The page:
By Kadambari M. Wade
On April 1, 15 days after she assumed office as the 54th United States Secretary of the Interior, Secretary Deb Haaland announced the formation of a new Missing & Murdered Unit (MMU) within the Bureau of Indian Affairs Office of Justice Services (BIA-OJS). The objective of the MMU is to provide leadership and direction for cross-departmental and interagency work involving missing and murdered American Indians and Alaska Natives.
“Violence against Indigenous peoples is a crisis that has been underfunded for decades,” said Secretary Haaland, who became the first Native American to serve as a Cabinet Secretary on March 16. “Far too often, murders and missing persons cases in Indian country go unsolved and unaddressed, leaving families and communities devastated. The new MMU unit will provide the resources and leadership to prioritize these cases and coordinate resources to hold people accountable, keep our communities safe, and provide closure for families.”
A Department of the Interior (DOI) news release stated that approximately 1,500 American Indian and Alaska Native missing persons have been entered into the National Crime Information Center (NCIC) throughout the U.S., and approximately 2,700 cases of murder and non-negligent homicide offenses have been reported to the FBI’s Uniform Crime Reporting (UCR) Program.
The release added that Thursday’s announcement was looking to build on the work begun by the establishment of Operation Lady Justice (OLJ). Operation Lady Justice was a two-year task force established on Nov. 26, 2019, by Executive Order (EO) 13898, with a concentration on two areas: Missing persons cases and cases of murder related specifically to American Indians and Alaska Natives.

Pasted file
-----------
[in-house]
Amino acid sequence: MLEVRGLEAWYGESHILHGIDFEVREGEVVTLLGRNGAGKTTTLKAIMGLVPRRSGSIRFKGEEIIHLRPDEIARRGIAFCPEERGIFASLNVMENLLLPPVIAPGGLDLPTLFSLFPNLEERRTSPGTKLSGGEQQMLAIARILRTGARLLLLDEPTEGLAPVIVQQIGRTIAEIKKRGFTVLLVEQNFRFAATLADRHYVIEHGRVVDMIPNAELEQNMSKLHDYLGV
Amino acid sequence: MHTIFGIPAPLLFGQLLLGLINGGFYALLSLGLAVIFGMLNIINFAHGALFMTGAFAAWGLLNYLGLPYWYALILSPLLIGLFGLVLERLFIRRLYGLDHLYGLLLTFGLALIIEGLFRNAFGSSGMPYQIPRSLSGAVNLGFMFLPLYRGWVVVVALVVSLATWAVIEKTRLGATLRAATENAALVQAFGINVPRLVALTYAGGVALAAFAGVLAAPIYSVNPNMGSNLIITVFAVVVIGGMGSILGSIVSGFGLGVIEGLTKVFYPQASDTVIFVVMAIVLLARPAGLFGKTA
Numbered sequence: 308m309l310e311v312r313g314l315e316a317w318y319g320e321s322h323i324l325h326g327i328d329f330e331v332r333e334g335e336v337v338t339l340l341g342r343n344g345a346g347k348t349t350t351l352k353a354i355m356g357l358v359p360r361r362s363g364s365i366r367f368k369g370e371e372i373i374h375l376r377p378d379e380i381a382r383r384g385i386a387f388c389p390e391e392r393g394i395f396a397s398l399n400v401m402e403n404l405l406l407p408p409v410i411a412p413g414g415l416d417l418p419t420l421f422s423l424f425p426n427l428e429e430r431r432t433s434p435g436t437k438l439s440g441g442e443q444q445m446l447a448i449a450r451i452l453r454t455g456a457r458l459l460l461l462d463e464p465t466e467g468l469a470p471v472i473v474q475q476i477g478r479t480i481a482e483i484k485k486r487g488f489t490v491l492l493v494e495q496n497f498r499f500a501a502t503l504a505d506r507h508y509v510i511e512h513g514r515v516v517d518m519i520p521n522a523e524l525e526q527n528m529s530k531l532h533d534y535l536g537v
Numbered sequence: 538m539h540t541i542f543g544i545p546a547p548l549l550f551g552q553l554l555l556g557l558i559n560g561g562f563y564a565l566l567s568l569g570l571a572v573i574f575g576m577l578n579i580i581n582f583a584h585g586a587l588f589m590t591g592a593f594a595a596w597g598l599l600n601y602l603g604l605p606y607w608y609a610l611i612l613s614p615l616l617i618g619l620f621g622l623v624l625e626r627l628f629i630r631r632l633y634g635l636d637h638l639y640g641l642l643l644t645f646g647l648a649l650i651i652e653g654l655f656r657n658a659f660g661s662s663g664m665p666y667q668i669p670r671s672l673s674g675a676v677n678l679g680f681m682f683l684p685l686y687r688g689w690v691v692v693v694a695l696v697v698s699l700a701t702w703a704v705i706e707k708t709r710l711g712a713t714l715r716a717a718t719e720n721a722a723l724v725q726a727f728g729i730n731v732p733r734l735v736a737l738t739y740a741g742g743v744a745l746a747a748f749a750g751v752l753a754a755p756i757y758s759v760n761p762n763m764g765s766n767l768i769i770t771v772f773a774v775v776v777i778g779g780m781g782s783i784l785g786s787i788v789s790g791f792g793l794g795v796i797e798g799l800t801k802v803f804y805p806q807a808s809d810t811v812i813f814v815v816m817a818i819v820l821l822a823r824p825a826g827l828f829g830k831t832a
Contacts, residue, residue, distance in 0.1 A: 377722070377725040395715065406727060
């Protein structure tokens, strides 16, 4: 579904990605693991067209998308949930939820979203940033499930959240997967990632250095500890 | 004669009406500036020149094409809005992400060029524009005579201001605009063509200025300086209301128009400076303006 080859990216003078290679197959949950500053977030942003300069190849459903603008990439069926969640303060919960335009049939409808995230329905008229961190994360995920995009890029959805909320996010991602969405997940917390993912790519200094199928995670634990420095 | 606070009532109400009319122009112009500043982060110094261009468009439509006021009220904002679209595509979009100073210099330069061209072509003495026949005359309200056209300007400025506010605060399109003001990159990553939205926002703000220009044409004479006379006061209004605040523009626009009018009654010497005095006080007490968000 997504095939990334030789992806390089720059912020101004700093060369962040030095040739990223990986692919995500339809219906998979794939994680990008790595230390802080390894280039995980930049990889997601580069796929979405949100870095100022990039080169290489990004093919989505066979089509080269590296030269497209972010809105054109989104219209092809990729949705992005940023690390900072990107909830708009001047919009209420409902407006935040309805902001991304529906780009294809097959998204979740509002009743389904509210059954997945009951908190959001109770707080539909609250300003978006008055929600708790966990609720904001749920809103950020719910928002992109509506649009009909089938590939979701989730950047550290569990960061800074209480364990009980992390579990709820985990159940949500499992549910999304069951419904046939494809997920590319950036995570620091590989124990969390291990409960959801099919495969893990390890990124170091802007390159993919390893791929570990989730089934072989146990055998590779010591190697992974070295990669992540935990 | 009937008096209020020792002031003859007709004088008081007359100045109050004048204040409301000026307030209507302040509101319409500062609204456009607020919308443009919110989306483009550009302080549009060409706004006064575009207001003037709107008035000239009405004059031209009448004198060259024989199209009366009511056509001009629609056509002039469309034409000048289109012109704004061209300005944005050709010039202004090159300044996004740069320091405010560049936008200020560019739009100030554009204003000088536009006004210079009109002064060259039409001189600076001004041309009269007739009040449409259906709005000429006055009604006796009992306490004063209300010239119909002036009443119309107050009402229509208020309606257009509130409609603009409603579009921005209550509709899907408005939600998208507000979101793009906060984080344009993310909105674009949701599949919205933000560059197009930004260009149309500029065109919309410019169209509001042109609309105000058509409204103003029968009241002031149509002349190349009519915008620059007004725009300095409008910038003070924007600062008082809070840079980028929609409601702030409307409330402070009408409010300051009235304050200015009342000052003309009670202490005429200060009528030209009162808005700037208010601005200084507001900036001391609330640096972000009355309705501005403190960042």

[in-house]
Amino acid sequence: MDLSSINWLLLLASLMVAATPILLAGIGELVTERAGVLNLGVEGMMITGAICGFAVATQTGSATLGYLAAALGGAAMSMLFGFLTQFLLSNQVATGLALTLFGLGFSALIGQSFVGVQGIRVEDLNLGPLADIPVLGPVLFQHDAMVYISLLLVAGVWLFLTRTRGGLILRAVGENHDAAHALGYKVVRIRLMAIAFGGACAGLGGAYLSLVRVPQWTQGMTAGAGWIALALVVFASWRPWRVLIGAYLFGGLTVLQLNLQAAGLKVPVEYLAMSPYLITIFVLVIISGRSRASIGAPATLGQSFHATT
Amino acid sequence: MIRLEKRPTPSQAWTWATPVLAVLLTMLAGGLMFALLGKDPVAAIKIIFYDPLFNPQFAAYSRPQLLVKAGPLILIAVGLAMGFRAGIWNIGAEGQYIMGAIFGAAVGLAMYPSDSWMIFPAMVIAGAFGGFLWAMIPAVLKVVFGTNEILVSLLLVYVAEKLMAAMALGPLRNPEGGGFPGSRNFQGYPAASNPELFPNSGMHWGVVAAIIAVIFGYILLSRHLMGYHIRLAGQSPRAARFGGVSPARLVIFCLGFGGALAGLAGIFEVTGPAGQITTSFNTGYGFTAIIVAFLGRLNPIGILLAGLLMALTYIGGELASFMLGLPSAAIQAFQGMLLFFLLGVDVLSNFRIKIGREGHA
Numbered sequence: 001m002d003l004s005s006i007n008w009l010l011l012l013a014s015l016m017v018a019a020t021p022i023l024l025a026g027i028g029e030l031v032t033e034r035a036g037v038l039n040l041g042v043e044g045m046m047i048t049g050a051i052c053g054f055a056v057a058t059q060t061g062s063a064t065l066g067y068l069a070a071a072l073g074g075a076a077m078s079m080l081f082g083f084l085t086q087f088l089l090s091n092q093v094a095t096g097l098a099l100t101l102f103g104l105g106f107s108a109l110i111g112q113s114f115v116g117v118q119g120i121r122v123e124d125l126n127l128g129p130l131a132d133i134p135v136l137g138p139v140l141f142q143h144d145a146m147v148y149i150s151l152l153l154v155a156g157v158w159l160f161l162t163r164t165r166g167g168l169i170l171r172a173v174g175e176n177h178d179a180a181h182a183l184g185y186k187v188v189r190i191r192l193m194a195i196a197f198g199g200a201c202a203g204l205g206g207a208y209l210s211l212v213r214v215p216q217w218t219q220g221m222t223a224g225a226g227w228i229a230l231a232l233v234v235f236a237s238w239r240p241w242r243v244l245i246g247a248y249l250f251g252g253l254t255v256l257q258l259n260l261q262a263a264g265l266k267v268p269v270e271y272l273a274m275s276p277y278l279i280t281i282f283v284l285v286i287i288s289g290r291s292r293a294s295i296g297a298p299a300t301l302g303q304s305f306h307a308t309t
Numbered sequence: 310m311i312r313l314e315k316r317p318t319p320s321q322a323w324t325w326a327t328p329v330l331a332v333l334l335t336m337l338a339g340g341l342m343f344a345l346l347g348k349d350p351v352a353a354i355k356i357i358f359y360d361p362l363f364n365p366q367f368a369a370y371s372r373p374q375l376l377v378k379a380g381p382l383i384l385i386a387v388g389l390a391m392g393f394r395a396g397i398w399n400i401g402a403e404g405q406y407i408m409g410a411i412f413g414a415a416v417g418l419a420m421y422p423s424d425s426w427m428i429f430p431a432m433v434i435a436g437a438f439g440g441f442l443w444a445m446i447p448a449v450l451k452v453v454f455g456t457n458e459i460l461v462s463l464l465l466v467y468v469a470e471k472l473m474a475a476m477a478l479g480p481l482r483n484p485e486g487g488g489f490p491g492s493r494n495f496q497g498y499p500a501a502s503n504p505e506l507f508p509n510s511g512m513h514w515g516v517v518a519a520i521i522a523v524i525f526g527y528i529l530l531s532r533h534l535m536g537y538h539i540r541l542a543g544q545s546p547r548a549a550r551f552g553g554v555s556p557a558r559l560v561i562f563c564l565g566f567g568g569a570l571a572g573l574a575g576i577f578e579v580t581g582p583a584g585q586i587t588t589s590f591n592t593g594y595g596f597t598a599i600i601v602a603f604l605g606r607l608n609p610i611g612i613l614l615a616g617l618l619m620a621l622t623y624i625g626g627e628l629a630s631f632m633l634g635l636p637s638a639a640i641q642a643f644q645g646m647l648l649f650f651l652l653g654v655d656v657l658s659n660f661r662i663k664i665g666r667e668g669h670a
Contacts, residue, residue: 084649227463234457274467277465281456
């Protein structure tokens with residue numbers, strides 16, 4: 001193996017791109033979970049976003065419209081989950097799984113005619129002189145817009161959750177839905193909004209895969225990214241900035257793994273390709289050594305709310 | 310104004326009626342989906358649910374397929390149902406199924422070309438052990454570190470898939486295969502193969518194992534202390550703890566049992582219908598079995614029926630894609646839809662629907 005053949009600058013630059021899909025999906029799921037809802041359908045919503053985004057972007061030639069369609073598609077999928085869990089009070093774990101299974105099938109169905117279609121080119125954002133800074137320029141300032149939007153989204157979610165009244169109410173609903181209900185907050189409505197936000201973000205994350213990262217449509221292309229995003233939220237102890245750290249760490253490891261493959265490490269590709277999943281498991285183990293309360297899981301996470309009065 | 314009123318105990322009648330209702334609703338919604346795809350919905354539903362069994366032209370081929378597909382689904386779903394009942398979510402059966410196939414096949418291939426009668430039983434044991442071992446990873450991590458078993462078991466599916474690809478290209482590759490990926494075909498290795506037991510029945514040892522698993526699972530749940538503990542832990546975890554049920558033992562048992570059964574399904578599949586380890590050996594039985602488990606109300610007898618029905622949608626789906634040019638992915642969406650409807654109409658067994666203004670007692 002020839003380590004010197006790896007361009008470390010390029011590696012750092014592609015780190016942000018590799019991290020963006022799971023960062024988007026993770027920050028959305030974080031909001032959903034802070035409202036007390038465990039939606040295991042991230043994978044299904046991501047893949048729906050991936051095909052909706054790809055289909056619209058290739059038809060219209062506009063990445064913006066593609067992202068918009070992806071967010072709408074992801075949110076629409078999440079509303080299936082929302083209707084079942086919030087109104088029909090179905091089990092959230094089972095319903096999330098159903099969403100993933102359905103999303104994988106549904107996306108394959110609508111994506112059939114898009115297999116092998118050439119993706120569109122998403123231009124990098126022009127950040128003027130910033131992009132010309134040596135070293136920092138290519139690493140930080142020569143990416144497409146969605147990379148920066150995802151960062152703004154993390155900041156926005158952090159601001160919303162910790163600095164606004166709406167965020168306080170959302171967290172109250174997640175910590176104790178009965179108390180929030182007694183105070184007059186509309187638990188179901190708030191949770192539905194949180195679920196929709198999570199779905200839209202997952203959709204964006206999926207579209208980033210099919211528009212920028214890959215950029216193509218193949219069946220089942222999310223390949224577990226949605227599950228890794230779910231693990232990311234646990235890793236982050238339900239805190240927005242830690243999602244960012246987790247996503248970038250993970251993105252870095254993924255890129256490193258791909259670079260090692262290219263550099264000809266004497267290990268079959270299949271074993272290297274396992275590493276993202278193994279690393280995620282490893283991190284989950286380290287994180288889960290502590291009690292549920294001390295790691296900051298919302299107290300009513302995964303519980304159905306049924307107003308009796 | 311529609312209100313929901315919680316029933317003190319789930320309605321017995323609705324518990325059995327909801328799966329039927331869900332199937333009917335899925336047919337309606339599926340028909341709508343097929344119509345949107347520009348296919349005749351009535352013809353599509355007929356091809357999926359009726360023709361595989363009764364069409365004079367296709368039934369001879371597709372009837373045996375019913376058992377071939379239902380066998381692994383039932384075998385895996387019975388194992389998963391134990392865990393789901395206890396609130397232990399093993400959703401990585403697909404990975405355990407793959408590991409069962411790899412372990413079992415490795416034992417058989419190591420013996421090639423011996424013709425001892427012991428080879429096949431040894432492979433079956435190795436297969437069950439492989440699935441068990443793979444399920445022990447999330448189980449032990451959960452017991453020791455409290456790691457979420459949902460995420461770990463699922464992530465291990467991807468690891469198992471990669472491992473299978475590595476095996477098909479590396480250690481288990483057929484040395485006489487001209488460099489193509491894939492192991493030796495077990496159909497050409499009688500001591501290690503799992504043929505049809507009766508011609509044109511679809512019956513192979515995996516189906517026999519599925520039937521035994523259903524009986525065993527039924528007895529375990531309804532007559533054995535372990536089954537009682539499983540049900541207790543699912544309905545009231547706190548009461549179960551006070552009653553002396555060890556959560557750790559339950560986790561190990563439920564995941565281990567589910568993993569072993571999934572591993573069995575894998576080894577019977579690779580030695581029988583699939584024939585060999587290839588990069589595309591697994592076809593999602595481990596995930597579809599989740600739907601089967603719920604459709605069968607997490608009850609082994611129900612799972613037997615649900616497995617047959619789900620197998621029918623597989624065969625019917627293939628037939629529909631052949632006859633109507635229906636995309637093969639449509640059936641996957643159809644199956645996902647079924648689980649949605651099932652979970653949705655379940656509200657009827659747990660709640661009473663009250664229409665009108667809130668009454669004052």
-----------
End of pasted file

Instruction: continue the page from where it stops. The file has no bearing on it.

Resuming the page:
On Feb. 1, 2021, the Department of Justice (DOJ) published the first of two issues of their Department of Justice Journal of Federal Law and Practice focused on missing or murdered American Indians and Alaska Natives. This was part of a collaboration between the DOJ’s Missing and Murdered Indigenous Persons (MMIP) Initiative and the Presidential Task Force on Missing and Murdered American Indians and Alaska Natives (OLJ).
According to statistics from the DOJ’s National Institute of Justice (NIJ), more than two in five American Indian and Alaska Native female victims reported being physically injured, and almost half reported needing services, including medical care and legal services, which more than a third (38%) were unable to access. In the U.S. and Canada, an average of 40% of the women who were victims of sex trafficking identified as American Indian or Alaskan Native. Homicide is reportedly No. 3 on the list of causes of death of American Indian and Alaska Native women between 10 and 24, and the fifth leading cause of death for indigenous women between 25 and 34 years.
You can read more about Operation Lady Justice, and our in-depth analysis of the data on Missing And Murdered Indigenous Persons here.